Mercedes-Benz W21 (Typ 200) Origin
The Mercedes-Benz W 21 was a six-cylinder luxury sedan introduced in 1933 as the Mercedes-Benz Typ 200. It was one of so many Mercedes-Benz models widely recognized as the Mercedes-Benz 200, or in this case, the Mercedes-Benz Typ (e) 200 at that time, and is thus more frequently referred to in retrospect using its Mercedes-Benz works number, “W21.”
The car was a huge upgrade from the company’s W15, introduced two years before. The Mercedes-Benz W21 was produced from 1933 to 1936, and it replaced the Mercedes-Benz W02 (known in its day as the Mercedes-Benz Typ (e) 200 “Stuttgart”), which the company had been producing since 1928.
Mercedes-Benz W21 (Typ 200) Overview
The vehicle was readily accessible as a two- or four-door Torpedo-bodied “Tourenwagen,” a four- and two-door “Limo” (sedan/saloon) from 1935, a three- or four-seater convertible, or a sporting two-seater.
The 1,961-cc side-valve six-cylinder engine generated an assumed total output of 40 PS (29 kW; 39 hp) at 3,200 rpm. The engine’s piston stroke length of 85 mm (3.3 in) was shared with the smaller 6-cylinder unit found in the company’s W15 model. However, the bore was increased by 5 mm (0.20 in) to 70 mm for the W21 (2.8 in).
The normal length cars had a maximum speed of 98 km/h (61 mph), and the long-bodied cars had a top speed of 95 km/h (59 mph). Power was routed to the rear wheels via a four-speed manual transmission, with the top gear serving as an overdrive ratio. Synchromesh was used in the top two ratios. A hydraulic linkage controlled the brakes on all four wheels.
It was a rear-wheel-drive layout with a wheelbase of 2,700 mm (110 in), a width of 1,630 mm (64 in), and a height of 1,580 mm (62 in).
The car was lengthened in 1934, with the wheelbase increasing by 350 mm (14 in) to 3,050 mm (120 in). The models available on the longer wheelbase included a six-seater “Pullman-Limousine”, a “Pullman-Laundaulet”, a longer Torpedo-bodied “Tourenwagen”, a much sleeker 4-door “Limousine” (sedan/saloon), and three different longer wheelbase hardtop convertibles known as the “Cabriolet A”, “Cabriolet B”, and “Cabriolet D”.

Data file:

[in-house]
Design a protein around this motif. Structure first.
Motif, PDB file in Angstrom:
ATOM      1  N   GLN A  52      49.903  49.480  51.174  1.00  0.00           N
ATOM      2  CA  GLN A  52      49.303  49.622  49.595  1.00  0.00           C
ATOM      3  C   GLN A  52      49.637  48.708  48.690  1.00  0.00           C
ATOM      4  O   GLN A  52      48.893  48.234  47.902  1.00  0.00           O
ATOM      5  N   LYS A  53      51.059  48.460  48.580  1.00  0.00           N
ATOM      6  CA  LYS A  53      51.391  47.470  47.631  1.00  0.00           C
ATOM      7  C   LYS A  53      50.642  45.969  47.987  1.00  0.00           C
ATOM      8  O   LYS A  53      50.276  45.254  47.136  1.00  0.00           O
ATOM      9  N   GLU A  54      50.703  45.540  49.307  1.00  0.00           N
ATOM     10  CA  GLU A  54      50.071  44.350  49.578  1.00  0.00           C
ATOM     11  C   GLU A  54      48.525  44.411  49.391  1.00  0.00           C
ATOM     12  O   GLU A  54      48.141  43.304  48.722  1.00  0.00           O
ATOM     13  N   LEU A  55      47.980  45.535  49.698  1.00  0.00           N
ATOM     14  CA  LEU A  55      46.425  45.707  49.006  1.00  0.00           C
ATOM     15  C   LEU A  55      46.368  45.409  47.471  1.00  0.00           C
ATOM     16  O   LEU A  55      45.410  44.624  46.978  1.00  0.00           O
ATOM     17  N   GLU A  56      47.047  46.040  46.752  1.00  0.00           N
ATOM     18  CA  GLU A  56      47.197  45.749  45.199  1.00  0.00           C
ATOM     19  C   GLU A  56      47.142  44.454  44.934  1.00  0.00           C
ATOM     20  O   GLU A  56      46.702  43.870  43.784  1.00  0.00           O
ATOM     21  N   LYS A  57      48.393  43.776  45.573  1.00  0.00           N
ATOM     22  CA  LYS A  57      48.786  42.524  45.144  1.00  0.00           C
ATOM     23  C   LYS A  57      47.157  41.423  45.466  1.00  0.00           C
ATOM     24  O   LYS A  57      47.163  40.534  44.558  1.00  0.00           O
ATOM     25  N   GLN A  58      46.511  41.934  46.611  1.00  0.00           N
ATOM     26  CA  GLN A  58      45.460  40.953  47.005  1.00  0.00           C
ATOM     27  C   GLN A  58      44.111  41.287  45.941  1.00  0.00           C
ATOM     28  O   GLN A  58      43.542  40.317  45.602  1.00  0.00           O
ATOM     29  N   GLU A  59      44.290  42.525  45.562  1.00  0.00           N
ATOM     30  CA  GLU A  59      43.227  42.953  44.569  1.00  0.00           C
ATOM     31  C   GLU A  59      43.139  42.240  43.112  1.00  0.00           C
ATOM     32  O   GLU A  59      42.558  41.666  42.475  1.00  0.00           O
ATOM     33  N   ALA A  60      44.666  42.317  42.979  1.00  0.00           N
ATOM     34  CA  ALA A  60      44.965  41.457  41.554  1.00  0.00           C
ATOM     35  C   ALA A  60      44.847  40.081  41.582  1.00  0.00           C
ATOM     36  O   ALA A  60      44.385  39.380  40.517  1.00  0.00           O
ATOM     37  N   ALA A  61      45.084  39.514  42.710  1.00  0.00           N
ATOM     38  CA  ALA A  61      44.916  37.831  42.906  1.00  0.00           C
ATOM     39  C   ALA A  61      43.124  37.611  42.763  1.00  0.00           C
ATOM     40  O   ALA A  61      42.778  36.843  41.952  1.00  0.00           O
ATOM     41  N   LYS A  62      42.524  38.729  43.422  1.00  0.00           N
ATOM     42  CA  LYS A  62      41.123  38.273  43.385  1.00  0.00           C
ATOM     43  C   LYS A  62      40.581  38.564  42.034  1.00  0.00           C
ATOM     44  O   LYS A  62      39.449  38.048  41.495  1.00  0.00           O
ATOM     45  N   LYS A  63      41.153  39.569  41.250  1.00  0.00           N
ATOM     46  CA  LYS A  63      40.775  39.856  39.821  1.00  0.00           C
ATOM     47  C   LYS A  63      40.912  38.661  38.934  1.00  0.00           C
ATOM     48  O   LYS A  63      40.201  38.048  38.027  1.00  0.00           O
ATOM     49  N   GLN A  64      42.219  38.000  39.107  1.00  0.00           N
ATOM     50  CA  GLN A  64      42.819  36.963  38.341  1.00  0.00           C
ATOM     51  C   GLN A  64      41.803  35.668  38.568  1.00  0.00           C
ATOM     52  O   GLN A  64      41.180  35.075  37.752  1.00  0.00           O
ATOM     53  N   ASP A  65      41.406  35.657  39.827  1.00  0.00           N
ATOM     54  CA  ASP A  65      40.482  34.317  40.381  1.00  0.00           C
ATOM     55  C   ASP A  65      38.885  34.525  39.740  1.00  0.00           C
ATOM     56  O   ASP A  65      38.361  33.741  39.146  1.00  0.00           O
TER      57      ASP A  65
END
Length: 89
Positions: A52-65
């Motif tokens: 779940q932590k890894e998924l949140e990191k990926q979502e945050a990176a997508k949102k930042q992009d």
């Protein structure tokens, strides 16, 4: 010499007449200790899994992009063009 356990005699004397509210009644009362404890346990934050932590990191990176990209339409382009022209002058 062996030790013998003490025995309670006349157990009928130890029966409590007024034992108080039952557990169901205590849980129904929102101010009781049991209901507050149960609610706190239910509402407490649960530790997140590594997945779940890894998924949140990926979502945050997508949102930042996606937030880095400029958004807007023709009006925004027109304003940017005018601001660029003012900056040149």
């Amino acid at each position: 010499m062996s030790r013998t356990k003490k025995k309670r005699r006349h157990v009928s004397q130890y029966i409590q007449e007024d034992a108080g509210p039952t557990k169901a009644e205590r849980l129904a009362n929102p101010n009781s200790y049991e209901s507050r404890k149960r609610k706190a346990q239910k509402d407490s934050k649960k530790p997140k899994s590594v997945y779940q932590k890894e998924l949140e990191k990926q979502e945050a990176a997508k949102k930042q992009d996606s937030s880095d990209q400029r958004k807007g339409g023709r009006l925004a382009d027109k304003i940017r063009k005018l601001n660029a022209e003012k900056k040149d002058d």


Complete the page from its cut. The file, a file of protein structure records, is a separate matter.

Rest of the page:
During the model’s concluding year, Mercedes-Benz officially confirmed in June 1936 the availability of a more powerful 2,229 cc 55 PS (40 kW; 54 hp) engine, which was viewed as a necessary response to complaints made about the car’s passive performance in long-bodied form. The Mercedes-Benz W143 succeeded it in 1937.
Mercedes-Benz W21 (Typ 200) Production
In terms of design and performance, the W21 represented a significant improvement over its predecessor. It was sold at about the same price, despite being equipped a little simpler and a little smaller in standard-wheelbase form.
Nonetheless, during a slightly more than three-year production run, the standard-wheelbase model produced 9,281 cars, while the long-wheelbase model produced 6,341 cars, totaling 15,622 units produced in its 3-year stint.
Mercedes-Benz W21 (Typ 200) Price
A Mercedes vehicle is not just a classic, but it is a premium classic. In that light, you should be prepared to pay top dollar to acquire a Mercedes-Benz W 21 today, as it could cost as much as $149500.
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